Analysis: Is the Internet Explorer IQ test a fake?

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Analysis: Is the Internet Explorer IQ test a fake?

Update: The company behind it now says yes.

Relax, Internet Explorer users, you aren't so stupid after all.

A Canadian IQ tester who garnered global headlines this week for claiming that Internet Explorer users were dummies has outed its research as a hoax.

AptiQuant claimed it ran a survey that found IE users had lower average IQs than users of other web browsers.

The hoax admission came after French psychometric testing company CentralTest was forced to deny any link to AptiQuant.

CentralTest, which claimed 3500 customers and nearly 200 partners worldwide, said it had no relationship to AptiQuant, a Canadian business that claimed to be an IQ tester and whose website bore a striking similarity to the French company.

"We are trying to find AptiQuant in our archives but they have never been our client, there's been no partnership or distributorship [relationship]," a spokesman told iTnews.

She said that CentralTest would issue a statement shortly that distanced the French company from AptiQuant and the controversial survey.

CentralTest was attempting to reach an AptiQuant representative. The spokesman said the company would also consult its attorney on next steps.

She said that CentralTest had also spoken to the BBC on the same issue.


The results of AptiQuant's browser intelligence survey were reported widely, including by the BBC, CBS News, The Huffington Post, The Sydney Morning Herald (from social-media news site Mashable) and on this site on Tuesday.

But whois records - the database that lists who was responsible for a website such as its technical contacts and owner - and web content comparisons raised questions over the company behind the survey that was the subject of the story.

A Google search of the phone number listed by PRWeb for AptiQuant contact Leonard Howard showed it was shared by shopping comparison sites and

Press releases for the comparison sites, also on PRWeb, listed the number as belonging to Tarandeep Gill.

Another press release for a digital camera blog promoted the same number as reaching Kevin James of Gill Web Services. James was quoted in Atcheap press releases as a company spokesman.

When iTnews contacted the number, the person who answered the phone declined to volunteer his identity: "Who do you want to talk to?" they asked before confirming he was Tarandeep Gill of CaptainSam and Atcheap.

Gill was unable to explain why his number would be shared by Leonard Howard of AptiQuant, pausing before responding: "I'm not answerable to you, am I?"

He said he had "no idea" why Leonard Howard would use his number.

"This is my number and I don't know who else you're talking about," Gill said.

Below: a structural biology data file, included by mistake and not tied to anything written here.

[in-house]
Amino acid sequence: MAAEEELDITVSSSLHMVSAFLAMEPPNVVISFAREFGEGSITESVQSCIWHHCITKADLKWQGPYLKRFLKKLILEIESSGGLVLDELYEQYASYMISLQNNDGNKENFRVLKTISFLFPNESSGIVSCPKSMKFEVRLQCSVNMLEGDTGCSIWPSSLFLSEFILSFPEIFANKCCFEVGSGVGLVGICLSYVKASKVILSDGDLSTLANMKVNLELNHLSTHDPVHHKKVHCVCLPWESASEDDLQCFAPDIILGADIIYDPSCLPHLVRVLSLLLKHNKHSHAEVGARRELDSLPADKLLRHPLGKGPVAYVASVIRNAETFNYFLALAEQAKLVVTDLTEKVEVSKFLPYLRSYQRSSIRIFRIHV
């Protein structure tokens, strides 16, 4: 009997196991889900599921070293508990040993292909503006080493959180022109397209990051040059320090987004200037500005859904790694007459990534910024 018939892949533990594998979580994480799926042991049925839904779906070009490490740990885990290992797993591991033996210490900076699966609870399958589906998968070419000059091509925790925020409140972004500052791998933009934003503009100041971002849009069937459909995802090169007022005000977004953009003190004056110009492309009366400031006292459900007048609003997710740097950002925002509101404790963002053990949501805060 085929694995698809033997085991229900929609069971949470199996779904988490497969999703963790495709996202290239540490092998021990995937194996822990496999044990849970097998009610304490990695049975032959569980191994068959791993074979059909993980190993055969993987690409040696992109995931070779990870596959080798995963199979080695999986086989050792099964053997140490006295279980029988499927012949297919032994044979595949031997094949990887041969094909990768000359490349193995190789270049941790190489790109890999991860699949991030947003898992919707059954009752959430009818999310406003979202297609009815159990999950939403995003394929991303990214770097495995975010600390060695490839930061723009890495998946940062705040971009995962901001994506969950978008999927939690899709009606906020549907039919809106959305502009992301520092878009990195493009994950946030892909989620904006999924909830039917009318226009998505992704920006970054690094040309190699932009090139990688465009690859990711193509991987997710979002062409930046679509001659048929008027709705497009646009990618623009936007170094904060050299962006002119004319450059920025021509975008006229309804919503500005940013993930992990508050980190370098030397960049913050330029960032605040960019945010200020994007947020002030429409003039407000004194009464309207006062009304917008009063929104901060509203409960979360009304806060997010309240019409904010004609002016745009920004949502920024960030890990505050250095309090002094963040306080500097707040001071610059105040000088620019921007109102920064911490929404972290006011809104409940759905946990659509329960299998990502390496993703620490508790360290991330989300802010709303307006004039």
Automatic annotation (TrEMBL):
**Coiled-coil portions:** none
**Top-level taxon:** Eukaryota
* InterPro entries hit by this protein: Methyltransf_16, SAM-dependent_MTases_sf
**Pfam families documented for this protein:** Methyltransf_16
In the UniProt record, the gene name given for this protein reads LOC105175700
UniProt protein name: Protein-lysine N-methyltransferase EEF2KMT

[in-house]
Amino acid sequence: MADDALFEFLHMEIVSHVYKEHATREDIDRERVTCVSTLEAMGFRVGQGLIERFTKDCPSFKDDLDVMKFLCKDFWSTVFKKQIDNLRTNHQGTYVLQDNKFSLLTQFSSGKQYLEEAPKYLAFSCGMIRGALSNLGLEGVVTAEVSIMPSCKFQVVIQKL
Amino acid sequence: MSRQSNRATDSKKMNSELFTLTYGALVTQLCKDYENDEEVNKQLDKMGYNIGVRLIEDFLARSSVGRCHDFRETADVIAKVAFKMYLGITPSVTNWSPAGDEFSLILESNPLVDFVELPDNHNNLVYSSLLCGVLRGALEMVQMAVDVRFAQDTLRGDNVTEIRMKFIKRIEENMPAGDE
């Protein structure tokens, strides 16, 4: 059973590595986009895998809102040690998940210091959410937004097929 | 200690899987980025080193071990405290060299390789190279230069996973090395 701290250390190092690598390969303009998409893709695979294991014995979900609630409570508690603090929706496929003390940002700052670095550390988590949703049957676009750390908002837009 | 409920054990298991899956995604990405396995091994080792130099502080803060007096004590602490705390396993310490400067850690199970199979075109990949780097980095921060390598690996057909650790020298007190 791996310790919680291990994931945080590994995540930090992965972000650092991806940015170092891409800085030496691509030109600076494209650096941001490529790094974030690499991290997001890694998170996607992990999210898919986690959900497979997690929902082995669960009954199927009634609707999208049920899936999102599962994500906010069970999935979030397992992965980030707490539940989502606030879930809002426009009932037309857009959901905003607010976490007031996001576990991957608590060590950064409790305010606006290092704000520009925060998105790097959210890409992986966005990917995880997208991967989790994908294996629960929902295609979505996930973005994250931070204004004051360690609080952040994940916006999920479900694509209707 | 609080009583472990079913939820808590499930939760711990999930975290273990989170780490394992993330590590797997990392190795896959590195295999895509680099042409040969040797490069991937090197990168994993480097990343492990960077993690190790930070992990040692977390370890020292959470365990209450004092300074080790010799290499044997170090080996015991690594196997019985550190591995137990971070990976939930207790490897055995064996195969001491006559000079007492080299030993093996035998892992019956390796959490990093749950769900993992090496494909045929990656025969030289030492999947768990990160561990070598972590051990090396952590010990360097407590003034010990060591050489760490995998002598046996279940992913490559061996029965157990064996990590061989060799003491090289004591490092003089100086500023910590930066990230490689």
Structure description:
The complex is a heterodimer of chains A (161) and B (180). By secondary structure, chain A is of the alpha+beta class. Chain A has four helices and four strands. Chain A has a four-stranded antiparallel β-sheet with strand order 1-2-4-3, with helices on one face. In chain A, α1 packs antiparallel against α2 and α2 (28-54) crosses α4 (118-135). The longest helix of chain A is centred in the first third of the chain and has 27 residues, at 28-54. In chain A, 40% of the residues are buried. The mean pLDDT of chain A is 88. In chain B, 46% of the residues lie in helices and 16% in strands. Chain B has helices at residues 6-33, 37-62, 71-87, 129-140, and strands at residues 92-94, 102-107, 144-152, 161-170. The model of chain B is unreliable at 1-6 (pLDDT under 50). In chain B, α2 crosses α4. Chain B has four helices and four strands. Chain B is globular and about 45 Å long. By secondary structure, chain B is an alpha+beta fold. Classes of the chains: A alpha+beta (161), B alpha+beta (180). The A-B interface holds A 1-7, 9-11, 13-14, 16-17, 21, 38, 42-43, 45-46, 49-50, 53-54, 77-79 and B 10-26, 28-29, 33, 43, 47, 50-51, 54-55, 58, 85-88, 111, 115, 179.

Calls made to the phone number over the next few hours were directed to an anonymous voicemail.

Tarandeep Gill

The name Tarandeep Gill made headlines last year when it was linked by the TorrentFreak blog to music download site Zaptunes.

Zaptunes had claimed to offer unlimited DRM-free music downloads. It was shut down months after launching, according to TechCrunch, but resurfaced again this year. and were also listed in a July 16 blog post on the digital camera blog; other posts pointed to Atcheap.

A search on professional networking site LinkedIn for Tarandeep Gill elicited two profiles, one for a student at the Georgia Institute of Technology in Atlanta, Georgia and another for a lab manager at Bell Canada. But iTnews can not determine if these are the same Tarandeep Gill connected to AptiQuant or if they are the same person.


Although AptiQuant claimed on its website to have been in business since 2006, its domain was registered on July 14, according to whois searches.

A search using the tool SEO WHOIS listed the registrant of as Tarandeep Gill of Gill Web Services in Canada with the same phone number. offered site visitors its Twitter feed (now suspended) and a blank Facebook page.

There was no organisational listing for AptiQuant on LinkedIn.

An iTnews reader also found big portions of the its website shared by a French psychometric test firm called CentralTest.

For example, AptiQuant wrote: "An estimated 5000 AptiQuant evaluations are taken every day by job applicants and employees. (Based on 2010 figures)".

CentralTest on its website: "An estimated 5000 Central Test evaluations are taken every day by job applicants and employees. (Based on 2009 figures)".

Both companies were set up by a "psychologist and business graduate"; were world leaders "in the field of online psychometric testing" in the past few years; had achieved near-identical scientific validation of their methods and serviced the same list of high-end clients.

AptiQuant's team used the same photos as CentralTest's, albeit with different names.

AptiQuant's founder Leonard Howard had the same photo as CentralTest's founder Patrick Leguide.

The biography and work experience of the two were similar - including their starts at French company called Novatris.

A LinkedIn search showed listings for Patrick Leguide owner at CentralTest, a company that had 51 to 200 staff and serviced 3500 clients with aptitude tests for recruitment. The company had 63 LinkedIn followers while Leguide had eight connections.

A whois search of showed it had been registered to "Leguide" since 2001.

It was unclear how AptiQuant stood to benefit from the publicity.

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